N. American Rep.
If the world is wrong; then right your own self...Brother Dave Gardner

marko

  • Administrator
  • Uploader
  • *****
  • Country: us
Re: New Build - New to Flat Figures
« Reply #11 on: April 05, 2021, 01:36:19 PM »
Very nice start on this with a color that is difficult at the best of times - reds. 


As a member you might also look in the knowledgeable section and an article by Daniel Canet called Painting in Vivid Colors.  He has some examples of the type of thinking and approach I think you are going for on this and has an approach that would deal with your colors running into each other, e.g. like you i paint wet-on-wet and sometimes have this issues well.  Daniel blocks in everything side-by-side which works around this and helps make his colors pop.  As you are doing a large scale figure this may work for you.


mark  8)
« Last Edit: April 06, 2021, 02:16:31 PM by marko »
Site Admin

Mark Cunnington

  • Member
  • Uploader
  • ***
  • Country: gb
Re: New Build - New to Flat Figures
« Reply #10 on: April 05, 2021, 01:24:36 PM »
It's been a while due to work and then half term holidays but I managed to paint the red coat this weekend. I know I should have started on the face but I liked the reds so much I just had to paint them.
I decided the light source would be upper right (as you are viewing the figure) so he is looking towards the light. I used Cadmium red medium with shadows in Alizarin Crimson and highlights in Cadmium red light. I thinned the base coat down for the first time ever using oils and it initially went on well followed by removal of excess with a soft brush. However, I think I used too much thinner for the shadows etc. as they ran into each other. Should I have let the base dry first?
I then used un-thinned paint for the shadows/highlights and it worked a little better. I am definitely too subtle in highlighting still. That's down to painting too many round figures over the years. Live and learn.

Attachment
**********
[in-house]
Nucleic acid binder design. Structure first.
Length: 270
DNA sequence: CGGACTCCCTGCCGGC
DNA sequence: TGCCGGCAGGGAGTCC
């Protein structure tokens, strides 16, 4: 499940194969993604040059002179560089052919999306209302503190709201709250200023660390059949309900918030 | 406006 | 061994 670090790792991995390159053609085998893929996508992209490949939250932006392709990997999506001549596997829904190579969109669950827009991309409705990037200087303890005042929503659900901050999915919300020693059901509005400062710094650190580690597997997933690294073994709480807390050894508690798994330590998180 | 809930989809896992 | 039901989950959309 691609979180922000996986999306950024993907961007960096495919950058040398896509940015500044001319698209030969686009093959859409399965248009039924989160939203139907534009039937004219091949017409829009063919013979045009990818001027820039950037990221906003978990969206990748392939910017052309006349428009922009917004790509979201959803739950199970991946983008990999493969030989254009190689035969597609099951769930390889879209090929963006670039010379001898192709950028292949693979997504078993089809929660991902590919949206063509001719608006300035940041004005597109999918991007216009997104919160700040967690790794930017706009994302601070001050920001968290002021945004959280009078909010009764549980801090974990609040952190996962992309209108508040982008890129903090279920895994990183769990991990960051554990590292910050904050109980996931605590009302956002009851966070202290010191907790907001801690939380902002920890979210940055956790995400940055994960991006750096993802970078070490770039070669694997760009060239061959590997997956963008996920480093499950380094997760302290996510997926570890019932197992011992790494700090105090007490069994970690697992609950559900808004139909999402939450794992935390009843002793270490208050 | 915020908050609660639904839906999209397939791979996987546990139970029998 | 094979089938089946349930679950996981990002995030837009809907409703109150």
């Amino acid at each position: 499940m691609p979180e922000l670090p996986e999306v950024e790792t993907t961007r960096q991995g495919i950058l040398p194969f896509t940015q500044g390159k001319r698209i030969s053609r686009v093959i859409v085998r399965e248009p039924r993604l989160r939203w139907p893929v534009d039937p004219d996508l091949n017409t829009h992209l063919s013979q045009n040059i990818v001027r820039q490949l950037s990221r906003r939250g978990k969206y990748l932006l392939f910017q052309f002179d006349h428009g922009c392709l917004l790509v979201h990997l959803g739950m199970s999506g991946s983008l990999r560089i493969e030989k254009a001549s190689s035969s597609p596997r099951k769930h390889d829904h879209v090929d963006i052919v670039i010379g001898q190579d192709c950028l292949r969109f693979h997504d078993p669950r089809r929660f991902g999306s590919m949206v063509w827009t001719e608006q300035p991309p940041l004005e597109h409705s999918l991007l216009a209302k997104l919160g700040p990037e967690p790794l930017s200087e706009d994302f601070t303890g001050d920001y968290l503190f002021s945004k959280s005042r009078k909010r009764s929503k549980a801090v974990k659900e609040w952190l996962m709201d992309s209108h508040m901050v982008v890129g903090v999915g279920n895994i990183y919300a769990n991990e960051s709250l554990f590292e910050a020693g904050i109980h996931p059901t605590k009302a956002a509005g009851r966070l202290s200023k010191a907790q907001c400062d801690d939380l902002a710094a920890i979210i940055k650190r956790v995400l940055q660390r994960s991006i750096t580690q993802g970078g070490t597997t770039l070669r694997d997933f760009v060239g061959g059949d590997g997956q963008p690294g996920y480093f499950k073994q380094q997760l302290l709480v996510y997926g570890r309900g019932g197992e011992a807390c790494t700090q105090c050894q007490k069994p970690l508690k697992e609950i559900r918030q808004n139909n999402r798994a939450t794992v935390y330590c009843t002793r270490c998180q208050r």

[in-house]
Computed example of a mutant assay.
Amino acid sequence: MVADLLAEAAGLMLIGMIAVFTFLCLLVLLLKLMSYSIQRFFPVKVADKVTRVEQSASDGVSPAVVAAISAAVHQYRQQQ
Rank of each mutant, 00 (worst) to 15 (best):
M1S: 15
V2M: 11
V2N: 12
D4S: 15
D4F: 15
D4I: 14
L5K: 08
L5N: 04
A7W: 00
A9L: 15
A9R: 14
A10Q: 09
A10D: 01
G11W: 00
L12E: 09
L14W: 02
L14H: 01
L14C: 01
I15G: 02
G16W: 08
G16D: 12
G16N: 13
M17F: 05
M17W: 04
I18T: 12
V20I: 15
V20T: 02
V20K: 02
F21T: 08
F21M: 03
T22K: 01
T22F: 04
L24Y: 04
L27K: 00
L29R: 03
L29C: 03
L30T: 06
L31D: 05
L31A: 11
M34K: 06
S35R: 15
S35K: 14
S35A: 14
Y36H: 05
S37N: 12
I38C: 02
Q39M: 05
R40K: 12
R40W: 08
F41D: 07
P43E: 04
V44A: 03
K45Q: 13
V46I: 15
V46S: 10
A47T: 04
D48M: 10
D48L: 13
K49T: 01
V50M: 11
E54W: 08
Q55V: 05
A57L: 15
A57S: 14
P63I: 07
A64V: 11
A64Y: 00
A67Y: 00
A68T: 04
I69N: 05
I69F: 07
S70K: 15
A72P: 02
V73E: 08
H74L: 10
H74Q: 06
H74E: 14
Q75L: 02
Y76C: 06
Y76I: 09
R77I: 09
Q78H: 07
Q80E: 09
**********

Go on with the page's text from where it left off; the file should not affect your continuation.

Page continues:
PJDeluhery

  • Global Moderator
  • Uploader
  • ****
  • Country: us
Re: New Build - New to Flat Figures
« Reply #9 on: March 20, 2021, 11:39:02 PM »
Thinning will still allow you to slowly blend.

If anything, thinning may speed drying, though I'll defer to Ed on that one because I dry my figures in a crock pot overnight. 

I too learn something from every figure I paint. It's one of the joys of painting for me. Never gets old.
BFFS Member,
N. American Rep.
If the world is wrong; then right your own self...Brother Dave Gardner

Ed Humphreys

  • Member
  • Uploader
  • ***
  • Country: wales
Re: New Build - New to Flat Figures
« Reply #8 on: March 20, 2021, 08:34:14 AM »
I have always used W &N's Liquin as a medium. Take the oil paint down to a thin constituency, almost like milk. It will usually be touch dry and ready for another wash, if necessary, in 24 hours. It is very useful for glazing, giving subtle nuances of colour to a base coat.
Experiment and have fun.
Ed H

Mark Cunnington

  • Member
  • Uploader
  • ***
  • Country: gb
Re: New Build - New to Flat Figures
« Reply #7 on: March 20, 2021, 06:38:15 AM »
In reply to your question, Mark, oils can be thinned quite a bit using either a medium, mineral spirits or turpentine. I usually thin oils to about the consistency of skimmed milk. Sometimes it takes two or three coats to get the desired coverage, but you have better control and more pleasing results. Nothing worse than a thick coat of paint on a figure. FWIW, this was the hardest thing for me to learn as an oils painter. I know there is a technique in which you put the oil on without thinning it (straight from the tube) and then brush off the excess. If you're used to working that way, I guess it's worth a try. I could never make it work. The good news is that if your paint is too thin, you can always put on another coat. If its too thick, - not much you can do. So don't be afraid of thinning it out.